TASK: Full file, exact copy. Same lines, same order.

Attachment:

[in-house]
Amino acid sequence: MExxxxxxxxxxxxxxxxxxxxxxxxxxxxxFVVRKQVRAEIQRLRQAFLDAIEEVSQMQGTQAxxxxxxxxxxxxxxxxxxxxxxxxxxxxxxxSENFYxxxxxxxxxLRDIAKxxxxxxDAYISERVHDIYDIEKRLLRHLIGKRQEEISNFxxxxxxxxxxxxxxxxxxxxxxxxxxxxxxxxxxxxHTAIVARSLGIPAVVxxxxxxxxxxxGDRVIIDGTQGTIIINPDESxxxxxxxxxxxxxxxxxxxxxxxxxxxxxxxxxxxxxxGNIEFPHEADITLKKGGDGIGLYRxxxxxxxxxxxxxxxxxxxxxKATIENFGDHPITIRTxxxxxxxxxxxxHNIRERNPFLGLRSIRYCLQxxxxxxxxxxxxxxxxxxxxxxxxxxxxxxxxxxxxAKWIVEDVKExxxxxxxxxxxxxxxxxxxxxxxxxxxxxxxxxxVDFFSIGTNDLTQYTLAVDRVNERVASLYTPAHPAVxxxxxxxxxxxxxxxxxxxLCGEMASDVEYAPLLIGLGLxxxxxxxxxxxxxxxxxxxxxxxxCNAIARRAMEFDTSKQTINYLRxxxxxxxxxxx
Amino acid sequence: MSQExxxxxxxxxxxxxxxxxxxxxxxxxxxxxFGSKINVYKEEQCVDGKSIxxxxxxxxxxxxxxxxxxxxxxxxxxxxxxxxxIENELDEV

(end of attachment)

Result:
[in-house]
Amino acid sequence: MExxxxxxxxxxxxxxxxxxxxxxxxxxxxxFVVRKQVRAEIQRLRQAFLDAIEEVSQMQGTQAxxxxxxxxxxxxxxxxxxxxxxxxxxxxxxxSENFYxxxxxxxxxLRDIAKxxxxxxDAYISERVHDIYDIEKRLLRHLIGKRQEEISNFxxxxxxxxxxxxxxxxxxxxxxxxxxxxxxxxxxxxHTAIVARSLGIPAVVxxxxxxxxxxxGDRVIIDGTQGTIIINPDESxxxxxxxxxxxxxxxxxxxxxxxxxxxxxxxxxxxxxxGNIEFPHEADITLKKGGDGIGLYRxxxxxxxxxxxxxxxxxxxxxKATIENFGDHPITIRTxxxxxxxxxxxxHNIRERNPFLGLRSIRYCLQxxxxxxxxxxxxxxxxxxxxxxxxxxxxxxxxxxxxAKWIVEDVKExxxxxxxxxxxxxxxxxxxxxxxxxxxxxxxxxxVDFFSIGTNDLTQYTLAVDRVNERVASLYTPAHPAVxxxxxxxxxxxxxxxxxxxLCGEMASDVEYAPLLIGLGLxxxxxxxxxxxxxxxxxxxxxxxxCNAIARRAMEFDTSKQTINYLRxxxxxxxxxxx
Amino acid sequence: MSQExxxxxxxxxxxxxxxxxxxxxxxxxxxxxFGSKINVYKEEQCVDGKSIxxxxxxxxxxxxxxxxxxxxxxxxxxxxxxxxxIENELDEV